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Argentina holds beauty, power
Waterfalls mix with cosmopolitan city of Buenos Aires
Iguazu Falls comprises about 275 waterfalls, many more than 200 feet high. They line about two miles of the Iguazu River, which runs between Brazil and Argentina. - photo by Richard Daigle

The travel issue

Have a grand ole getaway in Nashville, Tenn.: Fill your vacation with music and family-friendly activities.

Stretch the budget with a trip that does double duty: Pinching pennies? Try making a vacation out of visiting family.

A quick getaway: Looking for somewhere closer to home? Try one of these day trips.

GARGANTA DEL DIABLO, Argentina — The rumble of rushing water got louder as my daughter, Caroline, and I marched down the metal walkway.

Birds and mist swirled through the air on our approach to "Garganta del Diablo," a colossal waterfall so named because many years ago native fishermen would set out but never return, swallowed by "the devil's throat." At the viewing platform, what we saw was both overwhelming and mesmerizing: a raging torrent cascading 270 feet downward.

There are sights in the world that are so breathtaking, it's clear that as you behold them a lifetime memory is formed. Iguazu Falls, situated in the jungle of Argentina's Misiones Province, is such a sight. A trip to Iguazu, and Argentina in general, redefines the word "unforgettable." If Argentina isn't on your short list of places to go before you die, update your list.

Having now seen both Niagara Falls and Iguazu Falls, I understand completely what Eleanor Roosevelt felt on her visit to Iguazu when she remarked "poor Niagara." Poor Niagara indeed. As powerful and beautiful as the United State's most famous falls is, there's simply no comparison. Iguazu Falls has more power, more beauty, more falls and in short is much more spectacular.

Iguazu Falls is actually around 275 falls total, the majority with heights more than 200 feet, throughout almost two miles of the Iguazu River. The sight from the Brazilian side is the most scenic and panoramic, but a pricey Brazilian visa is required. The Argentinean side is known as the "fun side," where you can get very close to the falls - even in them if you take the boat ride.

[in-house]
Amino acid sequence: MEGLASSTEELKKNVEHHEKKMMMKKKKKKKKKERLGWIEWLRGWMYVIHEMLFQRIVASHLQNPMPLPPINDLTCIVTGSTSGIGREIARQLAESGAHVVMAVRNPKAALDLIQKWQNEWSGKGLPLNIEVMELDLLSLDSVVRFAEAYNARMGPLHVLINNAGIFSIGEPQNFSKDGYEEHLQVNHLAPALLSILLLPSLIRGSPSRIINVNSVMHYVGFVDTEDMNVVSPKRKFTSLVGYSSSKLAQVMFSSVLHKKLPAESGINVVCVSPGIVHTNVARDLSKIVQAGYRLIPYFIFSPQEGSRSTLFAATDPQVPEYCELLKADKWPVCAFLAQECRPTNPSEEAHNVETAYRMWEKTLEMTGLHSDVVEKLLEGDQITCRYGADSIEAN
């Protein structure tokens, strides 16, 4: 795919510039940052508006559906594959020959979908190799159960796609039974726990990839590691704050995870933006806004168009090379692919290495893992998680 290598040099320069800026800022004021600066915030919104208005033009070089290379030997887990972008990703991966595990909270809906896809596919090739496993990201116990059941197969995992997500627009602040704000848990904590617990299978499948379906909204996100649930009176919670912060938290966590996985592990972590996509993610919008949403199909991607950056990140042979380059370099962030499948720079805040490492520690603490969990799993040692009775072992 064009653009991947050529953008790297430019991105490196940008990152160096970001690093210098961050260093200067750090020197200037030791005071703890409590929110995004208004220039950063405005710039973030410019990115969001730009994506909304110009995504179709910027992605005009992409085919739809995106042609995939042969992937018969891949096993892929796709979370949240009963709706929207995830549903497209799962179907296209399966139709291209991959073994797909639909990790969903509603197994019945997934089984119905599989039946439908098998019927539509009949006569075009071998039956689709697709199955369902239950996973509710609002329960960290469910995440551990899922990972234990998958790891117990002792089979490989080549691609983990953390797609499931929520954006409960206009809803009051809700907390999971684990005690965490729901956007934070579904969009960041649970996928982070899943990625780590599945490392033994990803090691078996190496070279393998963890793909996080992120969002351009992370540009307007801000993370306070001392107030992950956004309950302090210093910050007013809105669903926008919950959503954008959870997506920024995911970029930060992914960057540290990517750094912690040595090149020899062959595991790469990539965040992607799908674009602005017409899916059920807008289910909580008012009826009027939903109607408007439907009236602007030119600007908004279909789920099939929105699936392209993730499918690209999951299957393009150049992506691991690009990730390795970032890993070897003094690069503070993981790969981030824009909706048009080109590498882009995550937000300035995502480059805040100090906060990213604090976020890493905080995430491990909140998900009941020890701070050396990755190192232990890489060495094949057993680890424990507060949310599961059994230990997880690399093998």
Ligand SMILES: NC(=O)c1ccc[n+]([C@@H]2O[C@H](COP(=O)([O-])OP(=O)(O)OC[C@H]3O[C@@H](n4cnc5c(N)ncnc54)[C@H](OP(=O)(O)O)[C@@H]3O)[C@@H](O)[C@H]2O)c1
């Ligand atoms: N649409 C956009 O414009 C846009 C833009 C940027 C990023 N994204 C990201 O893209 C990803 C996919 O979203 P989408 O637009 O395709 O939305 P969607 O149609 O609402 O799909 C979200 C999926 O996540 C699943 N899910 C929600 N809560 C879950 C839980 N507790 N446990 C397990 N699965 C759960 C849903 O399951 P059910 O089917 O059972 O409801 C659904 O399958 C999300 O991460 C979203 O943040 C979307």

Our trip to Iguazu was via Buenos Aires, where we enjoyed a city tour, a Tango show and plenty of Argentine beef. The European flair and smart sophistication of Buenos Aires makes it a South America destination in a class by itself. From Plaza de Mayo to Puerto Madero to the Obelisk on Avenida of Nueve de Julio, which is the widest street in the world, Buenos Aires is a city with passion and verve.

Rather than wing it or set up our own itinerary stateside, we used Yampu Latin American Tours out of New York to plan the stops. When you're making an international trip such as this, it's important to make the most of your travel dollars, so sometimes having a professional help you out is a good idea.

"I want to help people experience exciting destinations the right way, not the cheapest way," said Monica Irauzqui, Yampu's vice president.

From our room in the Panoramic Hotel we saw green countryside where Argentina, Brazil and Paraguay converged. Our meals at the Panoramic and its sister hotel, the Iguazu Grand Hotel, featured Argentine beef and a local fish, surubi.

The excitement of the falls contrasted with the wonderful Latin leisure and repose we found at the Panoramic. The quaint shops and restaurants of the small town of Iguazu were only a five-minute walk away. Atlanta hustle and bustle, on the other hand, seemed like a million miles away.

"We call it the Argentinean way," said Marcela Morawicki, events manager at the Panoramic. "We are used to receiving people from the U.S. and we know how to treat them." For example, she said, they know Americans like to eat dinner "early" - from 6 to 8 p.m. - instead of the typical 9 to 10 p.m. in the average Argentine household.

Travel abroad is a challenging proposition in the current economic climate but a trip to Argentina might be more affordable than you expect. If you can swing it, it will provide something money can't buy - lifetime memories.

Richard Daigle is a freelance writer who lives in Atlanta.

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